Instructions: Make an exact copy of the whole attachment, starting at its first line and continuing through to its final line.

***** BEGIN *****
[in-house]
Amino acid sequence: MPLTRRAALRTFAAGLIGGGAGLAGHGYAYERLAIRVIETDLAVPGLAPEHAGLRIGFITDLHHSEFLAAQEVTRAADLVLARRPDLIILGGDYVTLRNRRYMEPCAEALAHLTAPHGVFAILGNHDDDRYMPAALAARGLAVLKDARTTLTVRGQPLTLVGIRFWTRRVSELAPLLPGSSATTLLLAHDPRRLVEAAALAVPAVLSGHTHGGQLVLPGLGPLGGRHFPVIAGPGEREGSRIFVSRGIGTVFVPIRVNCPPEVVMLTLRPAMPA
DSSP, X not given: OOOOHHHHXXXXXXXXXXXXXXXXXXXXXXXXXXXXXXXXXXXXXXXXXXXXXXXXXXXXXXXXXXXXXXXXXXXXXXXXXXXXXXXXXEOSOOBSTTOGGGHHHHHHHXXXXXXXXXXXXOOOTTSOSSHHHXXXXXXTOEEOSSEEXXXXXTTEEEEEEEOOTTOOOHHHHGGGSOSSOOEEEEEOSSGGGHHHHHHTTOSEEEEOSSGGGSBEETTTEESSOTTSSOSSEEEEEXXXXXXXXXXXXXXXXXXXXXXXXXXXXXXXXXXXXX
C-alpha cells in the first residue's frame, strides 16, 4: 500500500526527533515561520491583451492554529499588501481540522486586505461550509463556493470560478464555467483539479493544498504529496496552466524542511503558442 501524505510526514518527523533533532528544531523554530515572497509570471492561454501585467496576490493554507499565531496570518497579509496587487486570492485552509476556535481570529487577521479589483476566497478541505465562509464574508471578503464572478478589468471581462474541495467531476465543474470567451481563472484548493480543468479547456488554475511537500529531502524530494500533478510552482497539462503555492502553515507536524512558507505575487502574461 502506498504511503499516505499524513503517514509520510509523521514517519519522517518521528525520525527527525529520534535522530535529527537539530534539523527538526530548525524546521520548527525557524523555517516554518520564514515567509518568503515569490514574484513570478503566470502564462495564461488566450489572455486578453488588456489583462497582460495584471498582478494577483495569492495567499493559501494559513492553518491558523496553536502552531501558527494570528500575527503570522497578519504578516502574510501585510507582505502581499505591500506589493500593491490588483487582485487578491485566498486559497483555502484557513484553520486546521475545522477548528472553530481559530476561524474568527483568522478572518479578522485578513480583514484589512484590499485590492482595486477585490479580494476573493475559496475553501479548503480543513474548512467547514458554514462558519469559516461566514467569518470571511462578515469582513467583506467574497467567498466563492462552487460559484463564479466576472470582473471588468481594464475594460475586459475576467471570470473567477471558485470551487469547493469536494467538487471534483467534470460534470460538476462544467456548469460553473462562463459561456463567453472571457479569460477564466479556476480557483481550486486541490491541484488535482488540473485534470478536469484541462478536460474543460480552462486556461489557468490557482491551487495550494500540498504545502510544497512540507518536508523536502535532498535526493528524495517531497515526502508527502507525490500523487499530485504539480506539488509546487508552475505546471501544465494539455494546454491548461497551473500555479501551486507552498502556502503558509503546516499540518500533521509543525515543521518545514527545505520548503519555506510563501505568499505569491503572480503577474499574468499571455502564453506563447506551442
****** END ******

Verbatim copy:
[in-house]
Amino acid sequence: MPLTRRAALRTFAAGLIGGGAGLAGHGYAYERLAIRVIETDLAVPGLAPEHAGLRIGFITDLHHSEFLAAQEVTRAADLVLARRPDLIILGGDYVTLRNRRYMEPCAEALAHLTAPHGVFAILGNHDDDRYMPAALAARGLAVLKDARTTLTVRGQPLTLVGIRFWTRRVSELAPLLPGSSATTLLLAHDPRRLVEAAALAVPAVLSGHTHGGQLVLPGLGPLGGRHFPVIAGPGEREGSRIFVSRGIGTVFVPIRVNCPPEVVMLTLRPAMPA
DSSP, X not given: OOOOHHHHXXXXXXXXXXXXXXXXXXXXXXXXXXXXXXXXXXXXXXXXXXXXXXXXXXXXXXXXXXXXXXXXXXXXXXXXXXXXXXXXXEOSOOBSTTOGGGHHHHHHHXXXXXXXXXXXXOOOTTSOSSHHHXXXXXXTOEEOSSEEXXXXXTTEEEEEEEOOTTOOOHHHHGGGSOSSOOEEEEEOSSGGGHHHHHHTTOSEEEEOSSGGGSBEETTTEESSOTTSSOSSEEEEEXXXXXXXXXXXXXXXXXXXXXXXXXXXXXXXXXXXXX
C-alpha cells in the first residue's frame, strides 16, 4: 500500500526527533515561520491583451492554529499588501481540522486586505461550509463556493470560478464555467483539479493544498504529496496552466524542511503558442 501524505510526514518527523533533532528544531523554530515572497509570471492561454501585467496576490493554507499565531496570518497579509496587487486570492485552509476556535481570529487577521479589483476566497478541505465562509464574508471578503464572478478589468471581462474541495467531476465543474470567451481563472484548493480543468479547456488554475511537500529531502524530494500533478510552482497539462503555492502553515507536524512558507505575487502574461 502506498504511503499516505499524513503517514509520510509523521514517519519522517518521528525520525527527525529520534535522530535529527537539530534539523527538526530548525524546521520548527525557524523555517516554518520564514515567509518568503515569490514574484513570478503566470502564462495564461488566450489572455486578453488588456489583462497582460495584471498582478494577483495569492495567499493559501494559513492553518491558523496553536502552531501558527494570528500575527503570522497578519504578516502574510501585510507582505502581499505591500506589493500593491490588483487582485487578491485566498486559497483555502484557513484553520486546521475545522477548528472553530481559530476561524474568527483568522478572518479578522485578513480583514484589512484590499485590492482595486477585490479580494476573493475559496475553501479548503480543513474548512467547514458554514462558519469559516461566514467569518470571511462578515469582513467583506467574497467567498466563492462552487460559484463564479466576472470582473471588468481594464475594460475586459475576467471570470473567477471558485470551487469547493469536494467538487471534483467534470460534470460538476462544467456548469460553473462562463459561456463567453472571457479569460477564466479556476480557483481550486486541490491541484488535482488540473485534470478536469484541462478536460474543460480552462486556461489557468490557482491551487495550494500540498504545502510544497512540507518536508523536502535532498535526493528524495517531497515526502508527502507525490500523487499530485504539480506539488509546487508552475505546471501544465494539455494546454491548461497551473500555479501551486507552498502556502503558509503546516499540518500533521509543525515543521518545514527545505520548503519555506510563501505568499505569491503572480503577474499574468499571455502564453506563447506551442